Q&A with Dr. Scott Lucas, Acting Director in the School of Middle Eastern and North African Studies at the University of Arizona.

By Amer Taleb

1. What religion, if any, did you follow before Islam? How and why did you decide to convert?

I grew up in a very liberal protestant environment. My journey to Islam is a long story. The short version would be that after studying some Arabic and being introduced to the Quran in college, I became really engaged. Then I studied in Yemen for a semester. I was there during Ramadan and it was the first time I had seen anything like what every Muslim knows Ramadan to be. The more I saw the more I realized I believed in the teachings of the Quran and Islam. I wanted something that would bring me closer to God and a way to express gratitude for everything I’ve been blessed with. After college I went back to Yemen a second time, was introduced to a wonderful teacher and the time was right for me to embrace Islam. Alhamdulilah.

2. Since 9/11 many Muslims Americans (or Western Muslims) have tried to distance themselves from Muslims around the world involved in wars and conflicts. People have found the need to identity themselves as “moderate.” What are your thoughts on that?

People referring to themselves as “moderate Muslims” is a reactionary response to the situation we live in. And sometimes a prudent one because the general assumption is that Muslims are extremists. Muslims have to put people at ease, I guess. I don’t know if that convinces people, it certainly sounds better than “extremist Muslim.” It’s a reaction to a very tense political climate.

As far distancing ourselves from Muslims killing civilians, there is no need for a debate on that issue. Islam is crystal clear on not harming, much less killing innocent people. Now, if all we do is condemn Muslims in public, that is not very helpful. Sometimes it seems like all we do is apologize. We need to focus on how we’re contributing to society and how we can continue to do that. We’re making tremendous contributions to America. But you never hear about them because we’re only invited to speak on the news when something bad happens.

3. How and where do you see the future of Islam in America?

I think it’s in Muslim institutions, not just mosques, being built in America. For lack of a better word, “seminaries” or somewhere where you can train imams. That is a massive problem that we have in this country. Very few imams have been trained to understand and handle America, which is not the easiest thing to deal with. If these institutions develop and more Muslims become trained imams, the future is actually very bright.

4. How can the Islamic Center of Tucson do more to help the Muslim’s in the state prison system? Would you like to tell them anything?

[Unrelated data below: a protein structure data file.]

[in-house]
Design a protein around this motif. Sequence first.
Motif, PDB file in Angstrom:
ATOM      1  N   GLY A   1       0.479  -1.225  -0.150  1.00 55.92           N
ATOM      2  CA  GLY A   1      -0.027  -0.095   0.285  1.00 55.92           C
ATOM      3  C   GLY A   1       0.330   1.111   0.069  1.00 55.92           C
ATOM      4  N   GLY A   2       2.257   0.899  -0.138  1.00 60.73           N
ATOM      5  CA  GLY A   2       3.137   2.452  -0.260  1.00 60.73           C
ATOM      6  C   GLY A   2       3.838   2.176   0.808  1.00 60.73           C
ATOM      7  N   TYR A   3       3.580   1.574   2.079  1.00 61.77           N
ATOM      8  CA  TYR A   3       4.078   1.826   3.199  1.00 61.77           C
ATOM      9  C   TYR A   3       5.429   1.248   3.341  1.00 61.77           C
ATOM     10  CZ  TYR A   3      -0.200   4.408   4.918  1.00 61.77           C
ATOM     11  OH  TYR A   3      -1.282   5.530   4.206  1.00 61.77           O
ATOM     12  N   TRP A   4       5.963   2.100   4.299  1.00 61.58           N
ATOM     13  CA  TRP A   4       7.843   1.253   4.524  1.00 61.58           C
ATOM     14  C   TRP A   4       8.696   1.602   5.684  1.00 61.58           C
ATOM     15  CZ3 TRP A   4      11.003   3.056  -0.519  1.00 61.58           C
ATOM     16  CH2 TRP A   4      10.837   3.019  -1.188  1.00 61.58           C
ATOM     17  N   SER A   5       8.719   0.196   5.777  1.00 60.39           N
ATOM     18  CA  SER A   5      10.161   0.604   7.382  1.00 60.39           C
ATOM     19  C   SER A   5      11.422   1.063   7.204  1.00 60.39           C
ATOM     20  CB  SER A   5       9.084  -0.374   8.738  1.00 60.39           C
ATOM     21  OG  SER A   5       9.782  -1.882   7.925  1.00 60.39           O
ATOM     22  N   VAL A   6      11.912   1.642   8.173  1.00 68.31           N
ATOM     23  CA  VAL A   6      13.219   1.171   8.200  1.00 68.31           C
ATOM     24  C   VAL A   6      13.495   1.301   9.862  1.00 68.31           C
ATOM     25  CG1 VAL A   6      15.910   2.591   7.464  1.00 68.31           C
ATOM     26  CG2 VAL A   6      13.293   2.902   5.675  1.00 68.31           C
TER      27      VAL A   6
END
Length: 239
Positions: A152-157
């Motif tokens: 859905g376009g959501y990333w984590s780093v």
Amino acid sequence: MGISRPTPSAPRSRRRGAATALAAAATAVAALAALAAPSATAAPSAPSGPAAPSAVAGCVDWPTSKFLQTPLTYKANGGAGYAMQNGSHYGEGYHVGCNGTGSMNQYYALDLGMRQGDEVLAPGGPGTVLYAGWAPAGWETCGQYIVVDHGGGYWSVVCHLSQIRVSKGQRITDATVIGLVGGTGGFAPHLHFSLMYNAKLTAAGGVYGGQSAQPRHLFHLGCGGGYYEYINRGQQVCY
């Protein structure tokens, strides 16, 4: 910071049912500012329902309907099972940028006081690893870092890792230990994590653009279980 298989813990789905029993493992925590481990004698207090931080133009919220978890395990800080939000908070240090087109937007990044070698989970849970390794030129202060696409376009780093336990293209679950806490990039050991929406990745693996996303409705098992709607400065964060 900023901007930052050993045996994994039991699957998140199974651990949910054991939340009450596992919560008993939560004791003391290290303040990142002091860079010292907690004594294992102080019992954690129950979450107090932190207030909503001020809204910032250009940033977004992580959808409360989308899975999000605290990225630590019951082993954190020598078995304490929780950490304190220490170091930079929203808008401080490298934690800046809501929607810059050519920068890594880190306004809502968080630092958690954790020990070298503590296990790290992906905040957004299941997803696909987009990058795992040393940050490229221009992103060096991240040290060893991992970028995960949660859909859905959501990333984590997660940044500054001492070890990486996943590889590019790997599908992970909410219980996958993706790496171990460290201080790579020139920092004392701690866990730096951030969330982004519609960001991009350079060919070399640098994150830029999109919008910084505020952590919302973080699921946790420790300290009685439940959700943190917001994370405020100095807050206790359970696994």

That is a challenge and to be honest, I wish I knew more about this situation. The least we can do is respond to their letters, and that is the bare minimum. I don’t know much about the how the ICT handles that, but ideally you’d have a group of people that could visit them and offer classes in the prisons regularly. I’d imagine it’s very difficult volunteer work so you definitely need committed people.

There are a fair number of brothers and sisters behind bars that are not getting the type of outreach and support they deserve. I don’t know if we can pay someone to handle that, but generally it’s easier to hold people accountable when you pay them.

If they’re reading this, I’d like to tell them that Insha Allah we’ll get our act together. The worst thing about promises is when they don’t get fulfilled. The weakest form of faith is feeling it in your heart, so we should all at least do that. I guess we have a sister who’s taking the initiative (Victoria Trull), but the community in general is not meeting their responsibilities, me included. Many people are aware of that and some of use are even ashamed, and we should be. Maybe by you asking me that question, we’ll get more people involved to help. After I read Jamil’s interview, I almost wanted to start doing stuff again.

5. What’s your opinion about voicing criticisms and concerns over Facebook?

There’s a rich tradition of criticism in Islam, it’s not some Western innovation. In Islam, there’s been ruthless and polite criticism and I tend to prefer the polite kind. If there’s no criticism, nothing changes and nothing gets better. But if it’s ruthless, that can sometimes make the situation worse. There has to be a place where people can voice their opinions and feel like they have a say in solving problems. Yelling, making a scene or writing in ALL-CAPS is not productive. There has to be some form of communication between the elders and the young folk. Facebook is definitely better than the angry bulk emails I used to get. As long as it’s constructive and respectful, there is nothing wrong with voicing criticism on Facebook. Offering actual solutions is helpful too. It’s easy to point out problems, but coming up with answers is extremely valuable and what we need.

6. What would you like to see happen during Ramadan in the ICT?

It’s a beautiful time because there’s so many people in the Masjid.  I hope we can put our differences behind us for at least this month, remember that we’re all in the same religion together and be extra polite. If we can have good adab (manners, etiquette) for this month, maybe we can carry it over for the rest of the year as well.


2 thoughts on “Q&A with Dr. Scott Lucas, Acting Director in the School of Middle Eastern and North African Studies at the University of Arizona.

  1. “We’re making tremendous contributions to America. But you never hear about them because we’re only invited to speak on the news when something bad happens.”
    so true and great words by Dr. Scott! JAzak Allah khayer

  2. Pingback: MSA hosting Seerat Al-Rasul | The Tucson Minaret

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